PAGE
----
• If you are asked to foot the bill at a ridiculous amount (more than Y500) without your prior knowledge, you know it's a scam. Don’t pay. Call 110 and report the scam.
  • If you are forced to pay, ask for a "fapiao" (发票), an official sales invoice issued by the taxation department. It is against the law for an owner to refuse to give it to you. If you have the receipt, you can use it as evidence when making a report later. You should also pay by a credit card because it is possible to cancel the payment later.

Food & drink

There are no widely enforced health regulations in restaurants. Restaurants prepare hot food when you order. Even in the smallest of restaurants, hot dishes are usually freshly prepared, instead of reheated, and rarely cause health problems. Most of the major cities have chain fast food places, and the hygiene in them tends to be good. Use common sense when buying food from street vendors. This is especially true for meat or seafood products; they can be very unsafe, particularly during warm weather, as many vendors don't have refrigeration.

A rule of thumb regarding street food is to make certain it is cooked thoroughly while you are watching; also, visit stalls frequented by locals, and look for plastic-wrapped disposable chopsticks. Minor stomach discomfort may still be experienced from street food and restaurant food alike but is said to pass as one becomes accustomed to the local food. Ginger is effective against nausea, though it does not kill bacteria.

Even in the cities, Chinese people do not drink water straight from the tap, and you should not either. All hotels (even boats!) provide either a thermos flask of boiled water in your room (refillable by your floor attendant) or - more commonly - a kettle you can use to do it yourself. Tap water is safe to drink after boiling. Purified drinking water in bottles is available everywhere and is quite cheap. Beer, wine, and soft drinks are also cheap and safe.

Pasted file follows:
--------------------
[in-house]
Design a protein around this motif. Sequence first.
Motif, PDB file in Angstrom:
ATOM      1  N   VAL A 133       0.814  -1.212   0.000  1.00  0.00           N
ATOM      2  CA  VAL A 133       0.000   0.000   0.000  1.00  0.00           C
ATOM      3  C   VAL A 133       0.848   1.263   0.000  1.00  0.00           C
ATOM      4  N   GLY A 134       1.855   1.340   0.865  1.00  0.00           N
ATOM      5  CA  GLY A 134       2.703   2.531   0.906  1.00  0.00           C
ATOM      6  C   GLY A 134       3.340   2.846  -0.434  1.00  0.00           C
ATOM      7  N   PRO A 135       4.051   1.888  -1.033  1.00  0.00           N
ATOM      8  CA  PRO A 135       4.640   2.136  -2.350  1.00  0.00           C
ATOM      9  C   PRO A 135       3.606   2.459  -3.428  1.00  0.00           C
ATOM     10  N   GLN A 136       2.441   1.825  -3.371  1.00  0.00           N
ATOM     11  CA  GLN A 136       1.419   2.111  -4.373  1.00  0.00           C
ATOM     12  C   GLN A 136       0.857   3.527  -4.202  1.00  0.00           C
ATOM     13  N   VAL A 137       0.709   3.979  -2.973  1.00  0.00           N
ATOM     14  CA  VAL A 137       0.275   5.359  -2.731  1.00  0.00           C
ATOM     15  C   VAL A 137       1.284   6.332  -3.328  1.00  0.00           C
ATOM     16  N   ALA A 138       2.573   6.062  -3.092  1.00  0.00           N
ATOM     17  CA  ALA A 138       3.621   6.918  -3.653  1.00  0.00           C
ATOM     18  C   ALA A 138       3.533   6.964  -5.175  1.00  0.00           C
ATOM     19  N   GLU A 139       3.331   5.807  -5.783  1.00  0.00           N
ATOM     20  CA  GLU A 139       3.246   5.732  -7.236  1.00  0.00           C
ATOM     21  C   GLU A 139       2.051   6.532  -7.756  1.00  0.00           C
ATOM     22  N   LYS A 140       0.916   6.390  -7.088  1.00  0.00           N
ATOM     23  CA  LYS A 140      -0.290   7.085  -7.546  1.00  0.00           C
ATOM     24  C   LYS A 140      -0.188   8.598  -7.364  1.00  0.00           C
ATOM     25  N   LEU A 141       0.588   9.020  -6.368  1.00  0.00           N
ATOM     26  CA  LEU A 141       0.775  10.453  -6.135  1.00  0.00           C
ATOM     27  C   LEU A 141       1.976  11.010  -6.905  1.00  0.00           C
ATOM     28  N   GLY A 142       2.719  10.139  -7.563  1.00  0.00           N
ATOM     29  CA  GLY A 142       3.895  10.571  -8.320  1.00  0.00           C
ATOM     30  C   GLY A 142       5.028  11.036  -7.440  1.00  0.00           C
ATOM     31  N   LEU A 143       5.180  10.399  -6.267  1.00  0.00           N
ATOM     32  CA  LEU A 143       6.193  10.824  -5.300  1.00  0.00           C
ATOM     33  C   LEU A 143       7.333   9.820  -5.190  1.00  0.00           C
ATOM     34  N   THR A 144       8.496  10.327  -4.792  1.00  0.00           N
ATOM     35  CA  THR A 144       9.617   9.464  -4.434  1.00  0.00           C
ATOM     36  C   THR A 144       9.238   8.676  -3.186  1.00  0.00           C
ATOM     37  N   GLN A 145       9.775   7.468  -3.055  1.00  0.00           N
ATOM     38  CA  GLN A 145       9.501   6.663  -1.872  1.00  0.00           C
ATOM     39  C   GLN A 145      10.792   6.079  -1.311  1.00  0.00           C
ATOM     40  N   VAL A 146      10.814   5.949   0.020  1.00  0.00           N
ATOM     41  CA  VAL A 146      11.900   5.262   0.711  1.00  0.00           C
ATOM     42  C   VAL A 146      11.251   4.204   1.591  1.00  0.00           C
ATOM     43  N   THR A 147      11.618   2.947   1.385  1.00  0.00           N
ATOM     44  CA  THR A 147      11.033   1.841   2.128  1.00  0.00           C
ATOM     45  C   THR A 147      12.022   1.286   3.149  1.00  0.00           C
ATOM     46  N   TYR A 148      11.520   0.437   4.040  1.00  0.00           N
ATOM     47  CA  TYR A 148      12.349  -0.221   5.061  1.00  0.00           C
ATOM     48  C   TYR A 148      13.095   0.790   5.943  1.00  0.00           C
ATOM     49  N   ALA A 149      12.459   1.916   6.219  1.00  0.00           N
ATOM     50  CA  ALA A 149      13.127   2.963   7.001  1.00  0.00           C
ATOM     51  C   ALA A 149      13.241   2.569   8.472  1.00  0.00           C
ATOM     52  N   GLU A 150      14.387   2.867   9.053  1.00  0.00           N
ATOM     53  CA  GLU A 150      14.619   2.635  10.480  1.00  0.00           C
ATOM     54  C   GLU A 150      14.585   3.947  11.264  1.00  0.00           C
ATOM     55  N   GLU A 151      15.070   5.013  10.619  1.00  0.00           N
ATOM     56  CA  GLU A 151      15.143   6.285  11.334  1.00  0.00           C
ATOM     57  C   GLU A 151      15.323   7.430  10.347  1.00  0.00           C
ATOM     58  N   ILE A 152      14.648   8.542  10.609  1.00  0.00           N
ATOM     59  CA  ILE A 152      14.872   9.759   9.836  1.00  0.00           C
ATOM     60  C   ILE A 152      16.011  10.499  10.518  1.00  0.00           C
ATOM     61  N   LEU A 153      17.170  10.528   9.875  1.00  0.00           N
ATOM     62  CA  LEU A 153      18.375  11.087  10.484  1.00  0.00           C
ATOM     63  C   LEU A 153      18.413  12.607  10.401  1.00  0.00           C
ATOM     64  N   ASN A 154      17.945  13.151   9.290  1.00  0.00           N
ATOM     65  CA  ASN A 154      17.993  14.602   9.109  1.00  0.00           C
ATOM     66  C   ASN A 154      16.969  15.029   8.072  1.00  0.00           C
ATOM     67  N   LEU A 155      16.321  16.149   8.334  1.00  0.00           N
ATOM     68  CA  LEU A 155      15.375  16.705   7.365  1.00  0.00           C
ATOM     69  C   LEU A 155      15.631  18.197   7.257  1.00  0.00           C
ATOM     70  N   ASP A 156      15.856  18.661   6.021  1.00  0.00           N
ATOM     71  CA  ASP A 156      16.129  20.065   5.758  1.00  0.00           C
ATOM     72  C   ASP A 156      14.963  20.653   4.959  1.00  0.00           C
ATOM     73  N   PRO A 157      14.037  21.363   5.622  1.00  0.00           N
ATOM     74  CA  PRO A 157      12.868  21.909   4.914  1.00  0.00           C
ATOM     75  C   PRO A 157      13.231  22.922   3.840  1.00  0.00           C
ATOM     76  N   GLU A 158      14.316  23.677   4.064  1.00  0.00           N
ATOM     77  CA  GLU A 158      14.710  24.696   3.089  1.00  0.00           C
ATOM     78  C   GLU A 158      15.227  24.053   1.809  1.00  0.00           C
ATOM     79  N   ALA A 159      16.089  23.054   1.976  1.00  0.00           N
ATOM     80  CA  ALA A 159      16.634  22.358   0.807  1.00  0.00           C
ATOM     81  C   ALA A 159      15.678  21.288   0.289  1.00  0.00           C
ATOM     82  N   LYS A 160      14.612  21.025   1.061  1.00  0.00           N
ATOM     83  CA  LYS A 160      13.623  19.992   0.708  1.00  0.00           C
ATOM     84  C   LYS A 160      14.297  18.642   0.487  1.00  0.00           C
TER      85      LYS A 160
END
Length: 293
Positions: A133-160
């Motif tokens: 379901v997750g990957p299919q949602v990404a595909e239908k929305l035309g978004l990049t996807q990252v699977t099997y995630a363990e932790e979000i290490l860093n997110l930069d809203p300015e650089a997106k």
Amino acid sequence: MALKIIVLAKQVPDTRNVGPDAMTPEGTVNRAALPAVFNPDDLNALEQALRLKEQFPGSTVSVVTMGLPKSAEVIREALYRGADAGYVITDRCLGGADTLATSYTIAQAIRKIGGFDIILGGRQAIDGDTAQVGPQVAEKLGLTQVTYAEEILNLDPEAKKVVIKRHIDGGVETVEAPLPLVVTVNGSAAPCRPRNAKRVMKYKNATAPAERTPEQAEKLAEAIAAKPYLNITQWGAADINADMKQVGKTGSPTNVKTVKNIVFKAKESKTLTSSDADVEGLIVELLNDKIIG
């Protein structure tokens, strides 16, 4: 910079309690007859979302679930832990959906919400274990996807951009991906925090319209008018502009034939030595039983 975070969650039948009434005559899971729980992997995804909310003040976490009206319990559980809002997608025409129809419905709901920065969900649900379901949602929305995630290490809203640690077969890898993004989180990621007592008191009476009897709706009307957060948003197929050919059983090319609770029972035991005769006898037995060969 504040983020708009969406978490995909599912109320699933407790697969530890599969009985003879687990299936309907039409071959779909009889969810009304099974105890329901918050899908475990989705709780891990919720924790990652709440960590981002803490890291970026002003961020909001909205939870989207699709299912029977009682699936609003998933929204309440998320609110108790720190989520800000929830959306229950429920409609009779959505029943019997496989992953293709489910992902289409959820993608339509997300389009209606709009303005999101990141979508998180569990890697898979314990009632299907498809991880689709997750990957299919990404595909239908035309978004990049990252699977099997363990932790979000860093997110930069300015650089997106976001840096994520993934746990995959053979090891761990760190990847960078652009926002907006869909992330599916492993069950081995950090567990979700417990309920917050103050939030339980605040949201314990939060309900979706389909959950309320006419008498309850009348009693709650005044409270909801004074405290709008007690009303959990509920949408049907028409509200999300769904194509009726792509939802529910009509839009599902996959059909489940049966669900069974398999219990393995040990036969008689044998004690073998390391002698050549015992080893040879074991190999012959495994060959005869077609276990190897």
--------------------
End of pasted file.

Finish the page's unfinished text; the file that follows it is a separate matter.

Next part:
Many drugs are available from a pharmacist without a prescription. You can usually ask to see the instructions that came with the box. Western medicine is called xīyào (西药).
However, some drugs which are commonly used elsewhere do require a prescription, such as dextromethorphan, which is widely used as a cough suppressant in Western countries.

Language spoken in Baoshan, China

The official language of China is Standard Mandarin, which is mostly based on the Beijing dialect, known in Chinese as Putonghua. 

For the last twenty years, Chinese students have been taught English as a compulsory subject starting from late elementary or middle school. Passing an English exam is a requirement to earn a four-year university degree, regardless of major. However, the focus of the instruction at all levels is formal grammar and, to a lesser degree, writing rather than speaking or listening.

Shanghai, Beijing, Guangzhou, and Shenzhen do have a higher proportion of English-speaking locals. In certain cities, outside major tourist attractions and establishments catering specifically to foreigners, it is rare to find locals conversant in English. Airline staff and those at large hotels - particularly international chains - usually speak some basic to conversational English, although in-depth skills are seldom seen.

When speaking, as anywhere English language skills are limited, it is helpful to simplify your English. Speak slowly, avoid slang and idioms, and use simple present tense declarative sentence structure. Don't say "Would you mind if I come back tomorrow?", stick to simpler, more abrupt phrasing like "Tomorrow I will return." This brings the phrase closer to its Chinese equivalent and is therefore not necessarily condescending.

One way to meet people is to ask about "English Corner" - a time and place in town where locals, often with a foreign host or speaker, meet to practice spoken English. Typically, they are held on Friday evenings or Sundays in public parks, English training schools, bookstores, and university campuses. There may also be "Corners" for French, German, Russian and perhaps other languages.

You may want to consider arranging the services of a tour guide before your trip commences if you wish to go too far-flung areas. This will help you overcome the language barrier where locals in those places will unlikely know any foreign language, let alone English. However, due to lasting effects of the Sino-Soviet friendship treaty, in rural regions, particularly in the north-west, Russian, is a commonly encountered language.

It is advisable to have all places you want to visit written down in Chinese characters, also bunch frequent words - you know them from previous trips (even words like a hotel, taxi or airport are unknown). An easy way to explain your need to locals is to have Baidu Fanyi (zh-cn: 百度翻译) app installed. It will translate English and some other languages from and to Chinese. Look for 英语 (English) and click on and set your destination language to 中文 (Chinese).


7:17 pm
August 17, 2019


31.92 °C / 89.456 °F
light rain

27.42 °C/81 °F
moderate rain

27.29 °C/81 °F
light rain

27.57 °C/82 °F
light rain

27.56 °C/82 °F
sky is clear